A composite image showing five autonomous rover-like small robots, an autonomous car, a robotic hand gripping a bottle, and a large robotic arm.
The Oxford Robotics Institute (ORI) drives innovative research leading to major advances in autonomous robotic technology with applications across industry, notably transport, agriculture and energy; influencing UK policy for transport and safe nuclear power; and delivering technology for space exploration to ESA and NASA. Image credit: ORI.

Oxford Robotics Institute wins prestigious Queen’s Anniversary Prize

The Oxford Robotics Institute (ORI) has been awarded a Queen’s Anniversary Prize for innovation in autonomous robotic technologies. This prestigious award is the highest national honour available to universities and further education colleges across the UK. 

The Queen’s Anniversary Prizes are part of the UK’s national Honours system, recognising outstanding work by UK colleges and universities which demonstrates excellence and innovation, and delivers real benefit to the wider world. First awarded in 1994, the Prizes are granted every two years by the Sovereign on the advice of the Prime Minister following a rigorous and independent process of review carried out by The Royal Anniversary Trust, an independent charity.

I am thrilled that the Oxford Robotics Institute has been awarded the Queen’s Anniversary Prize. Their work is a fantastic example of our researchers collaborating with industry to come up with cutting-edge solutions to the world’s challenges, from supporting sustainability in agriculture to improving safety in manufacturing. Congratulations to all those involved!


Professor Irene Tracey, Vice-Chancellor of the University of Oxford

The University of Oxford is among 22 UK educational institutions announced as winners of the 2023 Queen’s Anniversary Prizes. The winners of the fifteenth round, selected from over one hundred entries, were announced at a special reception at St James’s Palace last night.

The award recognises the ORI’s achievements in delivering fundamental advances in autonomous robotics technology, providing new capabilities to industry and society, and supporting future sustainability and growth in sectors such as transport, agriculture, and energy. Part of the Department of Engineering Science, the ORI grew from a nucleus of a single research group in 2003, to an independent research institute in 2016. Today it is home to 100 people across seven research groups, who carry out fundamental research in robotics and artificial intelligence, as well as working directly with partners in sectors such as construction, agriculture, care, manufacturing, and energy.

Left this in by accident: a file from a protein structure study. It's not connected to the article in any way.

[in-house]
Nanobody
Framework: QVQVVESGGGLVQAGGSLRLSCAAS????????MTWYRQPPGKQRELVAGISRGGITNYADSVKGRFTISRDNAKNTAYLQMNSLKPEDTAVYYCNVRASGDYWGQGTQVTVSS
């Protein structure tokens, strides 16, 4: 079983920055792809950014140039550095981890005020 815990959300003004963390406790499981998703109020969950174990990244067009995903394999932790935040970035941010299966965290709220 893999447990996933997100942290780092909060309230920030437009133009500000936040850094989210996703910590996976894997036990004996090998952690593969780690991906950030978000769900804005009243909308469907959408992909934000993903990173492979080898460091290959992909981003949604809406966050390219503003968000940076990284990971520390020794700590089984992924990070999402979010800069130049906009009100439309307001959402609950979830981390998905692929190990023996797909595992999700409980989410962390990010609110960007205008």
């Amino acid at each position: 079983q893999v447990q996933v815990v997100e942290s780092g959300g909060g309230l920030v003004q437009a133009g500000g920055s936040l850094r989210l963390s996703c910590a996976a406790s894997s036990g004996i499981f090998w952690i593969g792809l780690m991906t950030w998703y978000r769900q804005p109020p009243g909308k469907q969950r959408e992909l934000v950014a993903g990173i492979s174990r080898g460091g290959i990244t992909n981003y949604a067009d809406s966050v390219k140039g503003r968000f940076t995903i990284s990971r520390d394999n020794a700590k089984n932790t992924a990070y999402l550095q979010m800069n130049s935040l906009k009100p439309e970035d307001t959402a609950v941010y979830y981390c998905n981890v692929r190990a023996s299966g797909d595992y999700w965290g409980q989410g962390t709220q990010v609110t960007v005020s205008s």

Nick Hawes, Professor of AI & Robotics & Director of the ORI said: 'I am hugely excited for the University to receive this award that recognises the energy, passion, and ingenuity of the researchers and staff from the Oxford Robotics Institute. The prize reflects the significant impact their work has had on a range of sectors, from transport to agriculture, and highlights the huge potential of our work to address future societal challenges including the transition to Net Zero and space exploration.'

A dog-like robot with a rectangular body and four jointed legs stands on the steps leading up to a stately home. It faces two men who are crouched down in front of it.‘Spot’ the robot dog in action at Blenheim Palace. Credit: Oxford Robotics Institute.
Notable achievements from the ORI that were highlighted in the prize include:

  • Developing navigation technology that will fly on ESA’s Rosalind Franklin rover;
  • Validating the safety and capability of robotics technologies in over 380 field trials in locations as diverse as Icelandic volcanoes, the Atacama Desert, mines in Wiltshire and Kentucky, Loch Ness; and the surroundings of the JET fusion reactor;
  • Partnering in DigiForest, a Horizon Europe project developing innovative robotics and analytics technology to enable sustainable forestry (including supporting quantification of a forest's carbon sequestration);
  • Generating at least 22 patents, 70 Intellectual Property licences and four start-ups;
  • Developing the next generation of AI and robotics researchers by training over 120 PhDs, 40 postdoctoral researchers, and at least 60 Masters students.

A small box-like robot with four tyres drives over piles of gravel and rubble.A Clearpath Husky robot driven off-road to test a visual teach and repeat navigation algorithm. Credit: Oxford Robotics Institute.
Sir Damon Buffini, Chair of The Royal Anniversary Trust said: ‘The Queen’s Anniversary Prizes for Higher and Further Education are an integral part of our national Honours system, shining a light on the ground-breaking work taking place in universities and colleges across the UK. All 22 Prize-winners demonstrate excellence, innovation and impact, with many tackling some of the toughest problems we as a society face today. They are to be commended for reaching this pinnacle of achievement in the tertiary education sector. Congratulations!’

The winners will be presented with a medal and certificate at a formal Honours ceremony in February 2024. Further information about the Awards can be found on the Queen's Anniversary Trust website.

Three men in suits and ties stand in a grand room in a stately home. In the background large painted portraits hang on the walls.Left to right: Professors Nick Hawes, Paul Newman, and Ronald Roy from the Oxford Robotics Institute at the Queen’s Anniversary Prizes reception held at St James’s Palace. Credit: Ian Jones.